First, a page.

Ebook Publishing Using Linux Tools

Digital books, aka “ebooks” are going to change the publishing world just as iTunes and digital music have changed the music industry.  At the moment, Amazon’s Kindle seems to be the biggest fish in the pond.  While the actual numbers are fuzzy, Amazon’s Kindle appears to be driving ebook growth, as suggested by this article.

Recent news points to authors making a dramatic shift from traditional publishing houses to self-publishing, as pointed out in this article that describes why Barry Eisler turned down a $500,000 deal from a mainstream publisher, choosing instead to self-publish.  This particular article was in fact my own tipping point: I had written a science fiction novel 30 years ago that I was unable to get any of the publishing houses interested in at the time.  I thought to myself, “Why not?”  So I dusted off the old digital manuscript, completely rewrote the story, and recently published it on Amazon’s Kindle publishing site.  BTW, for more info on how the original digital manuscript migrated from machine to machine over that thirty year period, see the Author’s Note on the home page for my novel, Second Cousins.

As a long-time hard-core Linux user, I thought that some of you other Linux folks might be interested in how to write and publish a Kindle ebook using only Linux tools.  Before I give the the list of required software for publishing a Kindle ebook using Linux (it’s a short list), I want to point out there there isn’t any good single “Howto” guide that I’ve been able to find that describes the best way publish a Kindle ebook.  There are a whole bunch of references that describe part of the process, like this one for example that describes how to create an NCX file that will enable live table of contents navigation on the Kindle.  I spent a lot of time diddling with XML and OPF (Open Packaging Format) files before deciding that this was not the way to go.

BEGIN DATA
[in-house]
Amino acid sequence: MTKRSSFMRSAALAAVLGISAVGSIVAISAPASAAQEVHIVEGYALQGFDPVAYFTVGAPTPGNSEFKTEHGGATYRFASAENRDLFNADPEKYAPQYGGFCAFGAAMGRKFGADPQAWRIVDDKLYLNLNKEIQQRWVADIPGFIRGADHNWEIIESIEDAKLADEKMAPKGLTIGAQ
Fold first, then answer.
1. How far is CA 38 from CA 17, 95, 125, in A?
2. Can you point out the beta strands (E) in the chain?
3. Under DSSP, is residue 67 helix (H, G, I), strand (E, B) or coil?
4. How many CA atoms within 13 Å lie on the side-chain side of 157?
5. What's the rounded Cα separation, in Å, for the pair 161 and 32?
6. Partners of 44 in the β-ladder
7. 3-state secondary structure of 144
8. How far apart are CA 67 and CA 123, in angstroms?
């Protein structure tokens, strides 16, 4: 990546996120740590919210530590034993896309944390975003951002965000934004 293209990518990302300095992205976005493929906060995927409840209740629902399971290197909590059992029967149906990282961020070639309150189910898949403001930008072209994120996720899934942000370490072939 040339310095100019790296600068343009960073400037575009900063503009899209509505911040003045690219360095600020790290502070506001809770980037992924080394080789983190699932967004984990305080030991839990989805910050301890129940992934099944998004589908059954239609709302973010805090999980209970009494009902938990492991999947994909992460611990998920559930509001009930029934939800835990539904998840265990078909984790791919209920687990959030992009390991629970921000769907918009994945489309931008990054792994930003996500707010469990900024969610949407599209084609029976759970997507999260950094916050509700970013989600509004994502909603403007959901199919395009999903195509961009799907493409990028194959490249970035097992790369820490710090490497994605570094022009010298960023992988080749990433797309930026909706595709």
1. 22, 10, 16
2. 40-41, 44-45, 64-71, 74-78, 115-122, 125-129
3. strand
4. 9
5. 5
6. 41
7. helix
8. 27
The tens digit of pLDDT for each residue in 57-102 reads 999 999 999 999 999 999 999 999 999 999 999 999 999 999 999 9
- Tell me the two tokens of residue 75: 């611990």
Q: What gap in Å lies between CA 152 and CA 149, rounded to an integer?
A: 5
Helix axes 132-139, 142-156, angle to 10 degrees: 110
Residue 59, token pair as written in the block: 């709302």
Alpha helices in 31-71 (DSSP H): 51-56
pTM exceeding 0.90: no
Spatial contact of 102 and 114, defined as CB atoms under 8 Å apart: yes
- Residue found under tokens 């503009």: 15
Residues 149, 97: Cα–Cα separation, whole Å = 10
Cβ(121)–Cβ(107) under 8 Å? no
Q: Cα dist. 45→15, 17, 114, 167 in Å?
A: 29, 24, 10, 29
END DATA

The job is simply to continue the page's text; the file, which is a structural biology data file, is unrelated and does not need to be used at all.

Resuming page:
Likewise, some of the Kindle HowTo references out there suggest writing your book using an html editor, defining bookmarks and tags to specify the table of contents, cover, and start page  in such a way that the Kindle device will recognize them. Again, wrong approach, IMO.  When I write, I want to focus on the story, not the software.

Then I found The Answer: this.  An OpenOffice template specifically designed to support publishing Kindle ebooks.  And that, ladies and gentlemen, is the only software you need to publish a Kindle ebook on Amazon.  If you follow the simple Youtube video instructions for using this template, you can directly upload the .doc file generated by the template to the Amazon Kindle publishing site.  No muss, no fuss.  This file contains all the tags and bookmarks necessary for a Kindle device or one of the free Kindle reading apps to be able to render the cover, table of contents, and book contents correctly.  Further, the OpenOffice Kindle template formats your text such that you see your book as it will appear when viewed on the Kindle.

Considering the amount of time I save by using this template, the nominal fee charged by its developer is well worth it for me. However, if you really do want to write your book in html, and create the ancillary NCX and OPF files, you can do this and then create an uploadable Kindle ebook file using the free Kindlegen app from Amazon.  But seriously, why would you want to?




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SuperVPN's picture

I love to read books and Ebook is great for me! Very easy and perfect!
I didn't try Linux, but it seems to me that it is not bad. I must try it!

Thanks Doug for the info. I

Advantix For Dogs's picture

Thanks Doug for the info.
I also want to publish ebook.. maybe sell it to
can get a lot of money ...

now, to the Open Office...

Your Gift for Your beloved Dogs in 2011 : Advantix For Dogs


daisyJRT's picture